The first thing I noticed when I started on this job was that all the scene numbers and tracking numbers of all art and assets didn’t match to the storyboard/animatic numbers. So, when you got a scene assignment, you weren’t sure which was the correct scene to animate. As we worked we found that we couldn’t rely on the storyboard/animatic as the final word for scene cuts or blocking. The creators, producers, and directors kept changing their minds.
For the first month, no deadline targets were assigned for any scene. The production was that loose! Finally, once it became clear that the pilot was going to go over schedule, the senior staff had a meeting and decided to implement a daily footage quota on the animators. From this point forward, each animator was expected to deliver a minimum of eight seconds of finished animation per day. This wasn’t so impossible, unless you factored in that each scene likely held four characters. This could significantly impact the ability to deliver eight seconds a day because four characters could mean four times as much work. But, since the director and the production didn’t acknowledge the reality in their quota, it was a real morale-killer.
As the pilot neared completion, the strain on the budget increased and we went weeks over schedule. The director showed signs of stress that came out as she unprofessionally griped about the work of one animator to another. I’ll never forget one particular day on the pilot when I was animating a four-character scene that was eighteen seconds long. At the end of the day I had two of the characters fully animated all the way up to eighteen seconds. I put on my coat to call it a night, but the director stopped me before I could leave.
“Did you finish your scene?” she asked. “No,” I answered. “I just started this one today . . . but I did get two of the characters animated all the way through.” She replied, “So, it’s not finished? You’re going to deliver the shot late?” “What is late?” I asked. “I animated two characters all the way through to 18 seconds. Based on the eight-seconds-a day-quota, I more than doubled the expectation. So it was a good work day with a lot accomplished.”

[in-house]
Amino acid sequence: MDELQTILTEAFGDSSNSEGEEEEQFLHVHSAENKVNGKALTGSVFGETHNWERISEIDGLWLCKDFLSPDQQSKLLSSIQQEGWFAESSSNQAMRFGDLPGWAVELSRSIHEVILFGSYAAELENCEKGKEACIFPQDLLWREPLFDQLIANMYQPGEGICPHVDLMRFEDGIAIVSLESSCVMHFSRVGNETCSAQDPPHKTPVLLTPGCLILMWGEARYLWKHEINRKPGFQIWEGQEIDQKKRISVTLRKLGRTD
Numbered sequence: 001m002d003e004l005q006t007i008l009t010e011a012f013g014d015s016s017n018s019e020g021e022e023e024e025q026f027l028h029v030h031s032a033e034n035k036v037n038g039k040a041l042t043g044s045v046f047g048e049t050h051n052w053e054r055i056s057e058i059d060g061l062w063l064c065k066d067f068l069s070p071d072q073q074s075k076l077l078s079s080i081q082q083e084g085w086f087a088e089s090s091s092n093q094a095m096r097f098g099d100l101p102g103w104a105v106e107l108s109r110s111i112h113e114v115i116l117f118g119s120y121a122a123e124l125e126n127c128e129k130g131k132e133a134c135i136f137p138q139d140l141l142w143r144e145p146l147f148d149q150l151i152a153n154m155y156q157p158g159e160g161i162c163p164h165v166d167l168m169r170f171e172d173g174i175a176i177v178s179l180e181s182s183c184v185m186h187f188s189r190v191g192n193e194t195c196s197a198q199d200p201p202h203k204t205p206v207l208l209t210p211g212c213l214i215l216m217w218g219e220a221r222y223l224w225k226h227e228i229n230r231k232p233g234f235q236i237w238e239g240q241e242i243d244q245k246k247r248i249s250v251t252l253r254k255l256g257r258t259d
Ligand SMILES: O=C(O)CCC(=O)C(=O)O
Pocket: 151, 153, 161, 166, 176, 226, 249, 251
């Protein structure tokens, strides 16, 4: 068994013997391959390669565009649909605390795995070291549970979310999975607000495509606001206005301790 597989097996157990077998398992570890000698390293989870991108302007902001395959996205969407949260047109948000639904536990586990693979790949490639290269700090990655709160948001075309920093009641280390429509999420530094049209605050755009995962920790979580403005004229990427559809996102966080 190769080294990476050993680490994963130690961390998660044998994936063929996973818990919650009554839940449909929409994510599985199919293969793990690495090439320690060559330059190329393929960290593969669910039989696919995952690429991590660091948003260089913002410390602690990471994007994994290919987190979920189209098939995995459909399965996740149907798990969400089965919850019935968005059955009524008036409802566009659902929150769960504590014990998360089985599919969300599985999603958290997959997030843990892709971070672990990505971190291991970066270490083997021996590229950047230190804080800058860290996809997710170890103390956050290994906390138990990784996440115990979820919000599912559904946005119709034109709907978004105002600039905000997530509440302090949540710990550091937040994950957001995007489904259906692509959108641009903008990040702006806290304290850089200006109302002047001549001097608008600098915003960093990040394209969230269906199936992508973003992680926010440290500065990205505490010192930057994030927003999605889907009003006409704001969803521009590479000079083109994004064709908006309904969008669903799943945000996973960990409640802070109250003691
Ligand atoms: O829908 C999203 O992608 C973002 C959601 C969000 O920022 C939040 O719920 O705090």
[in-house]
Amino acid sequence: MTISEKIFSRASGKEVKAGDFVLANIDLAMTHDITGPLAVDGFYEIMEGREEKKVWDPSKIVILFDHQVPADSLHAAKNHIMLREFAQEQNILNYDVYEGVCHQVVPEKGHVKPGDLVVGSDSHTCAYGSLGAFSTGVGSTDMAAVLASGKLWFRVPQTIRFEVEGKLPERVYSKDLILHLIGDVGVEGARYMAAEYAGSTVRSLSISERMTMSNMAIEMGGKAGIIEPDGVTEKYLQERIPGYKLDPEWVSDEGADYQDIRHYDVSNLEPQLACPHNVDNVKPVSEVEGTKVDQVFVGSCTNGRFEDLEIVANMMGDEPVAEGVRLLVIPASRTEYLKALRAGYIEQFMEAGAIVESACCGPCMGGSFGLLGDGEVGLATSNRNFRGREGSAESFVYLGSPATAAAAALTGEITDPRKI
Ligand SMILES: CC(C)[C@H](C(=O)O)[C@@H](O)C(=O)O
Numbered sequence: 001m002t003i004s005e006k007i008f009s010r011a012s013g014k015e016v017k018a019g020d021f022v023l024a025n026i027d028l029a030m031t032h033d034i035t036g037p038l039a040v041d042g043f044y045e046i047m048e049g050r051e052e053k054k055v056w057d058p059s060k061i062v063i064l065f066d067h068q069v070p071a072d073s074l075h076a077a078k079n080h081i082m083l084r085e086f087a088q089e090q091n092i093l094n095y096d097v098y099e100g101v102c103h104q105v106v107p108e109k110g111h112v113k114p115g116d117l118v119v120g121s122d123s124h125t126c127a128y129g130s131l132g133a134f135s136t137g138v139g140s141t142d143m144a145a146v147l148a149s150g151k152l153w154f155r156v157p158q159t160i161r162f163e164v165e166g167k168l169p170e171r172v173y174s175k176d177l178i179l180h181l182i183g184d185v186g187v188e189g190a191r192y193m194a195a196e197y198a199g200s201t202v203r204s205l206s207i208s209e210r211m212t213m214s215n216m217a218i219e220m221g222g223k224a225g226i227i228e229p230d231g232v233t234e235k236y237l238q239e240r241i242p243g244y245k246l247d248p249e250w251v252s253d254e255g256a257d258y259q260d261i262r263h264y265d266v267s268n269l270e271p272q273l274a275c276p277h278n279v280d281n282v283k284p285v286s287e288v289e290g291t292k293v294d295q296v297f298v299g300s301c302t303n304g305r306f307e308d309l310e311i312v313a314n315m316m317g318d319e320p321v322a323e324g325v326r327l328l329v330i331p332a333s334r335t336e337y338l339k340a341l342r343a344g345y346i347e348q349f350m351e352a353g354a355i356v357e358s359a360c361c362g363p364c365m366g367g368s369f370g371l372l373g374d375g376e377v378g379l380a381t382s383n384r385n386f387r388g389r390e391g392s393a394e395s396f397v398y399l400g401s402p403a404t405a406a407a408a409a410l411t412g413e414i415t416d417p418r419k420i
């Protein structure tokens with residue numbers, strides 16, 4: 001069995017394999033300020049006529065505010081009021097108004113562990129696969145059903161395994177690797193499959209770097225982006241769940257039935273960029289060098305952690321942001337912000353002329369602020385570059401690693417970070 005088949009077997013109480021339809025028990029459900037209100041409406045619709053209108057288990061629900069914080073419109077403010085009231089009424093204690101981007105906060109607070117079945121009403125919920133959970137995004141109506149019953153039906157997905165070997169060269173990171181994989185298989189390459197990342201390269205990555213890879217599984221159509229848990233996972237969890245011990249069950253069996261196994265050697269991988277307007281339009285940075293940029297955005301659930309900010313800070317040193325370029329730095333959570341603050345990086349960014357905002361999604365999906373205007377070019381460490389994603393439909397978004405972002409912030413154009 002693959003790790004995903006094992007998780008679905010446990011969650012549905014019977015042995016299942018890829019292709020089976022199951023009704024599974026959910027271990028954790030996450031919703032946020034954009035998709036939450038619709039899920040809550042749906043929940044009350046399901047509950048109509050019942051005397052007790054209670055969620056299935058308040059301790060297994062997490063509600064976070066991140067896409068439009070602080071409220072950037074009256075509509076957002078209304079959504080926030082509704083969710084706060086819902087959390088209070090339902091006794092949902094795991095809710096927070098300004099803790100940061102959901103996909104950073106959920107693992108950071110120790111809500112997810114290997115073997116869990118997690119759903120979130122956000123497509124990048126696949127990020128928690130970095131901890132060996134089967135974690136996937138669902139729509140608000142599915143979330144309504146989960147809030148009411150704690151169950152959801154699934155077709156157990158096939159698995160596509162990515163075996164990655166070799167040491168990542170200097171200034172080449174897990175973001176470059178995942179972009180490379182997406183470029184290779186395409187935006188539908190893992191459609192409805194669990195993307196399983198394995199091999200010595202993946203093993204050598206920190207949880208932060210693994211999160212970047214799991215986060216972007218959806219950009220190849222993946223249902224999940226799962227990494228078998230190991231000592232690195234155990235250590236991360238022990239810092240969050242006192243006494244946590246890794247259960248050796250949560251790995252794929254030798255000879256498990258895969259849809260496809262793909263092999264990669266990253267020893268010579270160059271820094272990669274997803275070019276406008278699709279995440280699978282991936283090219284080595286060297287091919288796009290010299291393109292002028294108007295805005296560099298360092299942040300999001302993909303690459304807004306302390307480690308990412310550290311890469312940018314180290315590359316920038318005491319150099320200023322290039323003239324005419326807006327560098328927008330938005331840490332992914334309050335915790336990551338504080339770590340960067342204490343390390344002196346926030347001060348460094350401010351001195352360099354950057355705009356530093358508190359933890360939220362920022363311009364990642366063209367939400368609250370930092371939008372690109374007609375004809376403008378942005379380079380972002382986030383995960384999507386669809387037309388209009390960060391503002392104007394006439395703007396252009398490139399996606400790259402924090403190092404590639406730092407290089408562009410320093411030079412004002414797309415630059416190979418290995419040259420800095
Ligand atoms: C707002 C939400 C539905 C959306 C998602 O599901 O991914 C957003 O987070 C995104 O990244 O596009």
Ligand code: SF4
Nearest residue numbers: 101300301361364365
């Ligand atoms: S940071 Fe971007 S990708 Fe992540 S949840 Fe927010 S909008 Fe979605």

“Well, it would have been great if it could have been done today,” she insisted. Realizing I was talking to a wall, I smiled and shrugged my shoulders. Then she shrugged her shoulders back to me and concluded with, “I’m just saying.”
I truly have had a charmed work life, because this two-month job was the worst working experience of my thirteen-year career. It also demonstrates the importance of a strong director who understands every aspect of the job. Earlier, I stressed that it’s important for a director to have worked in other animation positions prior to directing. This director met those requirements, having worked for years in the industry in various capacities, and was a talented and accomplished artist to boot.
The problem was she didn’t utilize her knowledge of process, schedule, deadlines, and what it feels like to be directed to help build a workable production. A key to learning or self-development is the ability to have some degree of introspection. You have to be able to take responsibility for mistakes, to recognize your role in the problem, and to have the desire to not make those mistakes again.
The pilot (in this story) finally got finished and, due to the considerable extra time we spent (and despite the toll on the crew), it looked good. As for the director, the ball is in her court, and she may have learned about working with a staff of in-house animators and crew and what it takes to properly prep, assign, schedule, and direct their work.
Animation director Rob Renzetti knows the benefits of working with an in-house crew based on his experience on Cartoon Network’s Foster’s Home for Imaginary Friends, saying, “Almost all TV programming is actually animated overseas. The only exception for me has been Foster’s, which was animated in Flash at Cartoon Network Studios. Having the animators in-house (and speaking English) was an amazing luxury. I was able to preview scenes before they were complete, make adjustments before we would get to the official retake session, and when we did call retakes I could just walk over to the retake supervisor if there was any confusion or something too complicated to explain in a retake note. It was heaven.”
Helping sum up the importance of the director position, veteran Web animation director Xeth Feinberg (Queer Duck, Hard Drinkin’ Lincoln), says that a strong animation director will have the ability to:
â€¢ organize a project and prioritize tasks
â€¢ work with others by setting understandable goals
â€¢ assess workers and make the best use their individual skills
â€¢ listen to others without losing one’s own sense of judgment
David Levy’s book Directing Animation can be purchased on on Amazon for $16.47.
(David Levy photo credit: Michael Sporn)